and i know it's a wonderful way to establish intimacy with the character, but the frequency of it would be enough to call it a crutch, if only it weren't what it is.

Current Mood: quixotic
Sunday, December 28th, 2003
8:24 pm
i forgot how to read
Wednesday, December 3rd, 2003
11:45 pm
Author like Alain de Botton?
Hi. Could anybody recommend an author like Alain de Botton? (I am almost sure that nobody is exactly like him, but even a rought approximation will probably do.) Thanks.
Thursday, October 16th, 2003
1:03 am
I was posting so much in the community, I figured I better join in and introduce myself. I am an English major at a university, and my senior high school english teacher really jelled my love of literature. I alway liked to read, but it wasn't until then that I realized how to really use literature. Now, I am majoring in English and I love my classes. I just finished reading A Streetcar Named Desire for class and rereading Fahrenheit 451 for pleasure. I am currently reading A Clockwork Orange, I hear it's very different from the movie. I also have a list of books to read soon or finish that is a mile long.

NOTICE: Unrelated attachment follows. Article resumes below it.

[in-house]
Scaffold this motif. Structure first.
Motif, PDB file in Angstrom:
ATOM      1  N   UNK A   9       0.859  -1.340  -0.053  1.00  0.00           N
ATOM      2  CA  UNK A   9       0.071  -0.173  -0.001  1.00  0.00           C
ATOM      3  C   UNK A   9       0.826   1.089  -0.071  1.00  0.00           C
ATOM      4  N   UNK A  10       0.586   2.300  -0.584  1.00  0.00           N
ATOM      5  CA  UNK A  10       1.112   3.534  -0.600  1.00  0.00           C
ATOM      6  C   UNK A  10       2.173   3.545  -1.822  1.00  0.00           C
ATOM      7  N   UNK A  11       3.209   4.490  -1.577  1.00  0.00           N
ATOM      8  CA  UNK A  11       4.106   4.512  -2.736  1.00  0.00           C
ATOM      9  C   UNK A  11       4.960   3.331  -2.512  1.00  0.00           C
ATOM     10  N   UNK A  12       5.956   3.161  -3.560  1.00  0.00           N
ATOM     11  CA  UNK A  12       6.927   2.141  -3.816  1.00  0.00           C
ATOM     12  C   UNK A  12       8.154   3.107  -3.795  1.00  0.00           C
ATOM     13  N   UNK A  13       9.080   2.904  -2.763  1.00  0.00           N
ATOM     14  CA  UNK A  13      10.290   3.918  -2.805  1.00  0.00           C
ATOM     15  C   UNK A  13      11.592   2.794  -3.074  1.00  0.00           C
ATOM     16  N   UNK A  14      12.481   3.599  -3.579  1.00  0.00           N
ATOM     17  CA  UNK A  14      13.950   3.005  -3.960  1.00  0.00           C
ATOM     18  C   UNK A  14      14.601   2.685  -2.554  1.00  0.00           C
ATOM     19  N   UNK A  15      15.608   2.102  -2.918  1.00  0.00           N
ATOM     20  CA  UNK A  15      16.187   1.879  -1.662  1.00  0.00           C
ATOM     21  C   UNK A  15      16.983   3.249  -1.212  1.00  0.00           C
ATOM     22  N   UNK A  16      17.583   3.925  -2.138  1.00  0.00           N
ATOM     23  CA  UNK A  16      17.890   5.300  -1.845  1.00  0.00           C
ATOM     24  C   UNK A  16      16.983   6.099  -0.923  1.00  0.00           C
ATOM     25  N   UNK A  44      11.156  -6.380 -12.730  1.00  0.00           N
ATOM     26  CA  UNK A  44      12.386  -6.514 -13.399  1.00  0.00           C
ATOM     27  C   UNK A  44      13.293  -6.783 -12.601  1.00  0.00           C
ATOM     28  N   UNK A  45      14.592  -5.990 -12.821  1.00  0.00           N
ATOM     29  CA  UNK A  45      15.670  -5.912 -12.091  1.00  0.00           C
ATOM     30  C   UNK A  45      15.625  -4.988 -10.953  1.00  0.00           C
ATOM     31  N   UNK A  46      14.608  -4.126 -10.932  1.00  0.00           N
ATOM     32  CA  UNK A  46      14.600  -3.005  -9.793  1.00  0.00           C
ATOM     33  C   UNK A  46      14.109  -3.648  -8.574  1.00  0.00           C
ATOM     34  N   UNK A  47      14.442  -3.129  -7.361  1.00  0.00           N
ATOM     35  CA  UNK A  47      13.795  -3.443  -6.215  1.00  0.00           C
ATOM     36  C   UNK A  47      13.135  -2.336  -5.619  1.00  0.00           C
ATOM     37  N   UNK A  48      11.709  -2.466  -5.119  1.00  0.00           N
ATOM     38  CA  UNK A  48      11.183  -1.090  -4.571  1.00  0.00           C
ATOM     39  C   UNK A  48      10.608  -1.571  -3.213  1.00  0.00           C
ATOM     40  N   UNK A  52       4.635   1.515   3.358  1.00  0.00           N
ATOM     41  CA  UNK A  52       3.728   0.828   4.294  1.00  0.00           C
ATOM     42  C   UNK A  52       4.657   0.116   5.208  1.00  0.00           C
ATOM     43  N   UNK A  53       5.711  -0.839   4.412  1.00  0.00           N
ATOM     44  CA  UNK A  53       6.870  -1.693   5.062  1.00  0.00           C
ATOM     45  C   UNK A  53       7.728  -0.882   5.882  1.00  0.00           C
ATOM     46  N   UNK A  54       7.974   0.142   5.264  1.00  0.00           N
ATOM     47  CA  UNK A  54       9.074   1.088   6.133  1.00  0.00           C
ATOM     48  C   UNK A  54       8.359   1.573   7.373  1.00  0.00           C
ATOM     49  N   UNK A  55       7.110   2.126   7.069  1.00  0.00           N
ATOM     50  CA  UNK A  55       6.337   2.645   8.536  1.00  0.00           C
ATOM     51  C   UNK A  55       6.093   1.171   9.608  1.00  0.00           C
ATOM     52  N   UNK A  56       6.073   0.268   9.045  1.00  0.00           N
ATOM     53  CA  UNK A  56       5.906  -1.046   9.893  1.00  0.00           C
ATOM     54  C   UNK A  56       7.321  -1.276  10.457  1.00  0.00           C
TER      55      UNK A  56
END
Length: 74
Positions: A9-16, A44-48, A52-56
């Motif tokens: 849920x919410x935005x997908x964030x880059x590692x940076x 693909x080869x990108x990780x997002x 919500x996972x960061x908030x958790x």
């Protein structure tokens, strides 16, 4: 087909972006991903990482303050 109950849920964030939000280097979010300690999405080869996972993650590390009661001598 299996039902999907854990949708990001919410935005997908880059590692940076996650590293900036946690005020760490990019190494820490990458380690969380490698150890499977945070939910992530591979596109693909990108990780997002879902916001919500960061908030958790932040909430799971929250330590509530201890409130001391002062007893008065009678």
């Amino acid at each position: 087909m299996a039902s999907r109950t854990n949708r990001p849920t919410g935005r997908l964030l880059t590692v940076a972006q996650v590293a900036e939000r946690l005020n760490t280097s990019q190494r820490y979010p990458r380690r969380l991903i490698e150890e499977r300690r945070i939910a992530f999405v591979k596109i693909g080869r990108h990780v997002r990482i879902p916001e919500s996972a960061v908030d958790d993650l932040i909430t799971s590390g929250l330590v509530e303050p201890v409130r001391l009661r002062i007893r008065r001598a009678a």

Monday, August 25th, 2003
8:30 pm
Your Daily Dose of Soul-Searching
Your Daily Dose of Soul-Searching



I belong to another community that I really like. It is not a community at which one can post answers. This community gives daily topics for journal writing. The topics are meant to encourage a searching of self. Some questions are for causal searching, some require deep thinking and deep examining. I think it is great fun. It certainly is an excellent idea. I have a list of the questions I intend to answer. I may or may not post my answers here. I am going to put them in my own personal journal that I don’t keep on line anywhere.